A few days ago we talked about my tendency to cross bridges long before they have been built.
You know, that anxious ability to live bad things before they ever happen, if they ever happen.
But what about the bad things that have already happened?
I firmly testify that Heavenly Father can and has taken tough experiences and brought out blessings before unimagined.
I testify that He will continue to do so.
Ever heard of Coumadin Failure?
Basically, it is when you get blood clots while being on Coumadin. Kind of discouraging, but it happens. It happened to us.
You just really don’t take much higher doses than that.
We met with one of the best-experienced blood specialists and discovered there are a few reasons for this to happen, one of which is cancer. With no signs of that particular demon, he told us that there really isn’t any better treatment with which to move forward to help protect from further clots developing. We can try a different medication, but other than that…
I told him that I had first-hand experience with pulmonary emboli and knew what they felt like. We agreed that if I experienced those same symptoms, especially if I couldn’t take a deep breath, we’d go into the emergency room.
My follow-up ultrasound showed the clot to be unchanged, indicating that perhaps the new medication wasn’t any more effective. I reiterated my commitment to the “watchful and waiting” approach, and headed back to Logan.
Fast forward to a few days ago.
My lower back from time to time flares up from a herniated disc years ago. I can usually pinpoint exactly what I had done that caused the familiar pain. But this time, I couldn’t think of anything that brought that almost paralyzing hurt. It didn’t matter. I began my ritual of gritting my teeth, breathing deeply, and forcing my body through stretches and slow movement.
It was a little discouraging, but nothing I hadn’t done before. It really wasn’t a big deal.
By the next day, the lower back was fine – a bit surprising – but I wasn’t going to look a gift horse in the mouth.
However, a few hours later those very familiar pains from the front of my chest through to the spot between my shoulder blades went quickly from annoying to concerning to downright overwhelming.
I carefully checked my breathing. While I could still force a deep breath, I had to work at it.
The watchful waiting had my full attention.
Now, you may be wondering why I go on about this pity-party story. You may be thinking “what a dramatic hypochondriac you are Greg.”
I wouldn’t blame you.
But there was a powerful lesson learned that I think is worth sharing.
When Ann came home, I calmly informed her how things had developed and that I had my eye on it. She calmly (albeit with concern – who could blame her after all I’ve put her through?) listened and joined the vigil.
She didn’t ignore my weird positions to try to alleviate the pain, or my silly grunts and deep breathing, but she also didn’t make a panicked focus of it either. We enjoyed the shows and talked and laughed and acted like the old geezers we are. You know what I mean, shocked at what this new generation is doing. Our kids would always roll their eyes at us and groan at how out of touch we are. We laughed at what they would be doing had they been there.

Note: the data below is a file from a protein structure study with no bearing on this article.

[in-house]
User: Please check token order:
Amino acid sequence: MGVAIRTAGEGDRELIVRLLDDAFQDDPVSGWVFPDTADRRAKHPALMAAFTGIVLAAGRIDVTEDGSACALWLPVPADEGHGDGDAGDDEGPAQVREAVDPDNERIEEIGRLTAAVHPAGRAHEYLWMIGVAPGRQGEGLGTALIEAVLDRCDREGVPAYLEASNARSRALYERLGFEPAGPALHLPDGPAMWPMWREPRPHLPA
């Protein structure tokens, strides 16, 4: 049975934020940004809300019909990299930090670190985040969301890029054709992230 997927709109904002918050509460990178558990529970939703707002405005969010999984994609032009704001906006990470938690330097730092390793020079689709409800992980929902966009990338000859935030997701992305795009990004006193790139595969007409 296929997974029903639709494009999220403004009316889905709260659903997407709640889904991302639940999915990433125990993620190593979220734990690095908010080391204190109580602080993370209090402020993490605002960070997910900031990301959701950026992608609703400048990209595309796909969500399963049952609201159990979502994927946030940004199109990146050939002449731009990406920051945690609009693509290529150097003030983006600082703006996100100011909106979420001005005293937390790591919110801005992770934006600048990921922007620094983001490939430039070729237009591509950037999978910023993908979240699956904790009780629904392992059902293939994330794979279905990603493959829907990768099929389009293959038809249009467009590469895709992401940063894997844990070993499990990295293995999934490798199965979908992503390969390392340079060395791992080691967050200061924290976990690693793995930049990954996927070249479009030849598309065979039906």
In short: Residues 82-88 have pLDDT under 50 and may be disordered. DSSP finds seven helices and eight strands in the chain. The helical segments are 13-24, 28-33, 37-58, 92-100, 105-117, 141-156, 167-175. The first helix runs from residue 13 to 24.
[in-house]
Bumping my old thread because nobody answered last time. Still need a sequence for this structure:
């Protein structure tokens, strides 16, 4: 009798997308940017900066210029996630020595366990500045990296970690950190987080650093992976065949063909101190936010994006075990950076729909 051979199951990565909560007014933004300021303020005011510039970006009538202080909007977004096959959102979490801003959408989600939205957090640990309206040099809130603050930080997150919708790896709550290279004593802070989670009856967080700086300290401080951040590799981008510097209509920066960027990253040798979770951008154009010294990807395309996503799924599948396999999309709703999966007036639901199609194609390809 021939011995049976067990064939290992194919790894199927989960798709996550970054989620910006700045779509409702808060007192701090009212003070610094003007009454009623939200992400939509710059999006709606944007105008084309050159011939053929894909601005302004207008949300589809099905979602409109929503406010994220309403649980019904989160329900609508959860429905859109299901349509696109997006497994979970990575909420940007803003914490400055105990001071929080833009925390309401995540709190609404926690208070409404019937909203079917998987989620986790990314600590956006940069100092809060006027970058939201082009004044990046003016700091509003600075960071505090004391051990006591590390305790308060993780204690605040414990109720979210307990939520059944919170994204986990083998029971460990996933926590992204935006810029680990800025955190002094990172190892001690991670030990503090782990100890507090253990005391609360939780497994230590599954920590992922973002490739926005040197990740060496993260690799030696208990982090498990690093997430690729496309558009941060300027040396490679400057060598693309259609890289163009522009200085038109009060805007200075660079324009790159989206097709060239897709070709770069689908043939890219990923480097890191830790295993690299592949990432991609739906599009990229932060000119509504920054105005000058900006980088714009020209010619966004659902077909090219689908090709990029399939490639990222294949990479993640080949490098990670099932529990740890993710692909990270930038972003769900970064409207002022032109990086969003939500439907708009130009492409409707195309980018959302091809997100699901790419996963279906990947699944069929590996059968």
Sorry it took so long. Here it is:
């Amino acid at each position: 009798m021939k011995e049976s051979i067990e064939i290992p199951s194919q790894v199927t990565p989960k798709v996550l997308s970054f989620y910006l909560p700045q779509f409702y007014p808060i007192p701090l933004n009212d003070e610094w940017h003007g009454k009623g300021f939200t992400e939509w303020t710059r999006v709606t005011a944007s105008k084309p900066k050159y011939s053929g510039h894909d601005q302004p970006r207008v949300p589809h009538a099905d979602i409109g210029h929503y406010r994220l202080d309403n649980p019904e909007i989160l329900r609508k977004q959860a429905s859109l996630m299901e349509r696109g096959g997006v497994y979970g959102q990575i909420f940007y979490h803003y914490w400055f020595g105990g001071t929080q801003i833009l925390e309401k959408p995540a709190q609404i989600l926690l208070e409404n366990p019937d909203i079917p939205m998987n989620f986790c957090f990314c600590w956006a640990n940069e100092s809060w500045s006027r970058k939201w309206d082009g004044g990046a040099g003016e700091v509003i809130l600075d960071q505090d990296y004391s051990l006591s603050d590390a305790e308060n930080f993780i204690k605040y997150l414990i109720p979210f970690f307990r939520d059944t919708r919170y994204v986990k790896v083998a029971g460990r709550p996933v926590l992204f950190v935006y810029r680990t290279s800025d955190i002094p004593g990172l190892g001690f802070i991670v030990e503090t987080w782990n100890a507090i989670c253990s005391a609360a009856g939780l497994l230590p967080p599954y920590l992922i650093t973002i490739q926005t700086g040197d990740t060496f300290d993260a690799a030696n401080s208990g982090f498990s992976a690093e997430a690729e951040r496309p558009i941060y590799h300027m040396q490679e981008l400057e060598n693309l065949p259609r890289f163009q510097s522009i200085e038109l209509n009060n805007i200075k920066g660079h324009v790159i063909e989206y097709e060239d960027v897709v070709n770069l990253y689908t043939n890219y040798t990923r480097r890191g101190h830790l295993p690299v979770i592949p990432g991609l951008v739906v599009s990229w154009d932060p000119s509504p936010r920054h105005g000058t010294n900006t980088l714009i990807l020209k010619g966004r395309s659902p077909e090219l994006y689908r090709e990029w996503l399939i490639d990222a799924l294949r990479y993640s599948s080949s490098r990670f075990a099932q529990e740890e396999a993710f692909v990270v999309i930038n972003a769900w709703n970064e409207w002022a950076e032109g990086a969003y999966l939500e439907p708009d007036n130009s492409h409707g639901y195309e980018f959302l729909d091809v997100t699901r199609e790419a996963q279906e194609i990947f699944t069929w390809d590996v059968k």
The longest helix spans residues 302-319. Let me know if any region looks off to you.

It was a normal, wonderful evening.
That is huge for someone like me who is tired of ALWAYS having some sort of trauma.
Saturday the symptoms were more intense. I checked my breathing and it was becoming increasingly more difficult, yet not at dangerous levels yet.
I reasoned chances were good that we’d go to the emergency room sometime that day.
So I calmly showered, shaved, and prepared. I did easy stretching and light exercise to keep things moving. I crossed everything off my work list for the day and stayed pretty quiet. Ann knew that her working outdoors would make it hard for me not to be at her side, so she too crossed her list off.
We grilled steaks and had a wonderful salad – Ann’s favorite meal – and laughed and enjoyed each other.
Aware of possible danger, but not paralyzed by its presence.
We were doing all that we knew we needed to do.
Because we had already crossed that bridge.
There is true benefit to going through tough pain and heartache. Ann and I have learned that becoming numb does nothing.
Neither does giving in to fear.
We’ve held hands while being given fatal diagnoses. We’ve sat together while hearing that things aren’t fatal, but that they are going to be pretty rough for the rest of our lives. We’ve looked at each other and accepted that our future will be very, very different from what we had planned and dreamed of.
Together, we’ve mourned and moved on.
Just as there is no value in continuing to cross a bridge that hasn’t yet been built, we don’t really need to keep returning and crossing those well-constructed and painfully traveled bridges again and again.
We can leave those chasms behind and move on.
And if this time we don’t make it all the way across, it’s okay.
Because, we trust the bridge builder. We know without doubt that what lies on the other side is going to be wonderful beyond our mere mortal comprehension.
Our job in the meantime is to just keep doing all we know to do.
And laugh and enjoy all we can while we keep moving on.
What bridges have you already crossed?
You don’t have to keep crossing them again and again; rather, you are free to keep moving forward on the other side.
It’s all about trusting the bridge builder.